Sunday, 24 March 2013

Daughter of the Flames by Zoe Marriott: Review

Because I loved FrostFire, I immediately looked for other books by Zoe Marriott. I found Daughter of the Flames, the first book in the Ruan series. It’s a poignant, heart-wrenching story that takes us through war, betrayal, racial hatred, and finally, love.

Zira was orphaned when the Sedorne invaded her country, Ruan. For ten years she’s been hiding, training to be a warrior priestess. That’s until she recklessly – but nobly – rushes to the aid of Lord Sorin, the Sedorne ruler of her district, when he’s attacked in the market place. This single act changes Zira’s life. King Abheron, who had paid the assassins, is none too pleased when Sorin survives. Zira and Sorin are thrust together in a fight to free Ruan from Abheron’s brutal reign and to restore the rightful queen to the throne. (I’ll leave it to you to figure who that queen might be!) To her credit, Zira and her sword proved more than capable of taking on that war. She is a girl who can definitely kick-butt if she has too. But she also has a vulnerability that is very appealing.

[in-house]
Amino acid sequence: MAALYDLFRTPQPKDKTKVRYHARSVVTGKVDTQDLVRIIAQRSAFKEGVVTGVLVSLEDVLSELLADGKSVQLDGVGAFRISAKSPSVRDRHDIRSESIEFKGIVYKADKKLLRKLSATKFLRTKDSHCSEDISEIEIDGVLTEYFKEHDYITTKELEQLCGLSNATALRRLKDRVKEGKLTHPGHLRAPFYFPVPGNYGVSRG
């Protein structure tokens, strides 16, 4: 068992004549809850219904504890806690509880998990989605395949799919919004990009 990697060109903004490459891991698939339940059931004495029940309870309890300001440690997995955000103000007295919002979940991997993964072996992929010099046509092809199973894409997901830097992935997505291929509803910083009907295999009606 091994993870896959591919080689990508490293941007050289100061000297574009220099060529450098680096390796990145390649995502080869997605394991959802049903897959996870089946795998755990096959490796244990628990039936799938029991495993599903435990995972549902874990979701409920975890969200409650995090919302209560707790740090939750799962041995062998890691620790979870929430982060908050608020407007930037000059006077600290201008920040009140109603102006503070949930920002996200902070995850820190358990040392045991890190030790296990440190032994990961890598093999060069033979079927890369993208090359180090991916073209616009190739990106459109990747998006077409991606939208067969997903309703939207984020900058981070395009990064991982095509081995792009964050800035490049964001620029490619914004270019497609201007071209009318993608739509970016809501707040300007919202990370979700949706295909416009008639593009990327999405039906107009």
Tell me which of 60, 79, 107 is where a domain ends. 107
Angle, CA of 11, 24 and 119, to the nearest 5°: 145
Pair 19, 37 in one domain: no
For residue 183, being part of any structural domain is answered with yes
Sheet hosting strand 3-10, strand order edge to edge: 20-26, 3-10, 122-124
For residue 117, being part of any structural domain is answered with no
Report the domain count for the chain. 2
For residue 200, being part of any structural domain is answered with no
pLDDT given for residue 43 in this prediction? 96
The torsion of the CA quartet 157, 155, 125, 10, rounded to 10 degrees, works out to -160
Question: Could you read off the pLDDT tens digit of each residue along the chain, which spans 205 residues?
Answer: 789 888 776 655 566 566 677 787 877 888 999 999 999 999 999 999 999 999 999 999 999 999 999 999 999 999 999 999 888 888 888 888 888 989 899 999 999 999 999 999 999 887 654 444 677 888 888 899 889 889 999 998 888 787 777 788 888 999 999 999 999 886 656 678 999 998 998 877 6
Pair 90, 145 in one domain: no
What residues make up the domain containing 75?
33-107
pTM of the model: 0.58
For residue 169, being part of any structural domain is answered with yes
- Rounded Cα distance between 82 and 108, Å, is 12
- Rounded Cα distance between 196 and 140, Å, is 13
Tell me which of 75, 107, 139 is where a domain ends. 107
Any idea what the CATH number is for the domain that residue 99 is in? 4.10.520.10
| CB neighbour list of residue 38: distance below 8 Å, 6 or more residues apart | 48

I loved this book. The characters are so real and, for the most part, likeable. The exception of course is Mad King Abheron. He’s a great bad guy. A complex man with twisted, but very believable motives, he’s one of the best villains I’ve met in ages – perhaps since The Darkling in Smoke and Bone.

The relationship between Zira and Sorin is anything but predictable. For her, he’s a Sedorne – the enemy – whom she hates. But as the blurb on the cover asks: What if your true love was your deadliest enemy? Zoe Marriott develops this love so sensitively. It was a joy watching it unfold.

As for the world building . . . I could smell the dust in the streets and taste the prawns frying in the marketplace. Ruan is as real as my own back garden.

I give Daughter of the Flame five stars. I will definitely be reading it again.



PS: Don't forget to enter my Kick-Butt Blog Hop giveaway in which you can stand a chance to win a copy of FrostFire by Zoe Marriott or Throne of Glass by Julie J. Maas

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